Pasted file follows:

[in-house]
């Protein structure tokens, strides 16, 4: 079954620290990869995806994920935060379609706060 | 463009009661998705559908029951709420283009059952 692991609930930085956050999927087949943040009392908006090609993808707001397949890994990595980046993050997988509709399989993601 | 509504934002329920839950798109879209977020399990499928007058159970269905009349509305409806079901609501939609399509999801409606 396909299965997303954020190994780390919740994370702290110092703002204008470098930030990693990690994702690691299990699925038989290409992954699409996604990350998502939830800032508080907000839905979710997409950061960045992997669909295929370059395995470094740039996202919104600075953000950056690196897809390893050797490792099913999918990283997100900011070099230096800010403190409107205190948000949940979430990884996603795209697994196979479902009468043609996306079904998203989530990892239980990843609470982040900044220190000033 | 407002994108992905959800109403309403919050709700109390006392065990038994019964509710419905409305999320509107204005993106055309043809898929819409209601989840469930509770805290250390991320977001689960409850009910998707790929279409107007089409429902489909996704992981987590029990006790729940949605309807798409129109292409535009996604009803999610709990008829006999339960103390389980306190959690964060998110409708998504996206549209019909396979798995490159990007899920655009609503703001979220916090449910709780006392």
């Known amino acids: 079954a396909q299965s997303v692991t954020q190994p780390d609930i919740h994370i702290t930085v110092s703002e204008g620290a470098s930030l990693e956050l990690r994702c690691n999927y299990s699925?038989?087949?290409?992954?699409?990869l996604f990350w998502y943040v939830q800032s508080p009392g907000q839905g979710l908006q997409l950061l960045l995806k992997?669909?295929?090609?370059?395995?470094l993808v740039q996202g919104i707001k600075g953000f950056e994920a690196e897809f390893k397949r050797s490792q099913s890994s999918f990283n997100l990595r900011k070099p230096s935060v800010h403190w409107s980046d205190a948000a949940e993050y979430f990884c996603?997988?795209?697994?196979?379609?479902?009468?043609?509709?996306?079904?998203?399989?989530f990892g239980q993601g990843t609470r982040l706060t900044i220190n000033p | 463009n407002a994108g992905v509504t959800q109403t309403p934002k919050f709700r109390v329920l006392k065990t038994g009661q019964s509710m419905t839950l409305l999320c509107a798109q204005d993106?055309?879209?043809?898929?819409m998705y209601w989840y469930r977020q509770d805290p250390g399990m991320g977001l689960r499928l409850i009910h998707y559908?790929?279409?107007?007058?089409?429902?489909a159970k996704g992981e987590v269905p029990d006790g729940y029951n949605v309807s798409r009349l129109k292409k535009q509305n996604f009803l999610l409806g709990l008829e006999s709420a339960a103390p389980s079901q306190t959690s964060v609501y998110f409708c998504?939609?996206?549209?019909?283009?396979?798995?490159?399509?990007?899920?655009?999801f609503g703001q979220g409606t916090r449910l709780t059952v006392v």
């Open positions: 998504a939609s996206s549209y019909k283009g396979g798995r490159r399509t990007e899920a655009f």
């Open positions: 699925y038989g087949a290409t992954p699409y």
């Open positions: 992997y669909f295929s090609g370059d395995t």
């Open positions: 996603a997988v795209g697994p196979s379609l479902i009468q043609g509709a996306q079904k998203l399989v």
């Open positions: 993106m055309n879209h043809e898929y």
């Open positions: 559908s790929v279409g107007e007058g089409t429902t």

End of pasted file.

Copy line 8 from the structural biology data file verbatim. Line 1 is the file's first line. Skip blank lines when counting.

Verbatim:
């Open positions: 993106m055309n879209h043809e898929y």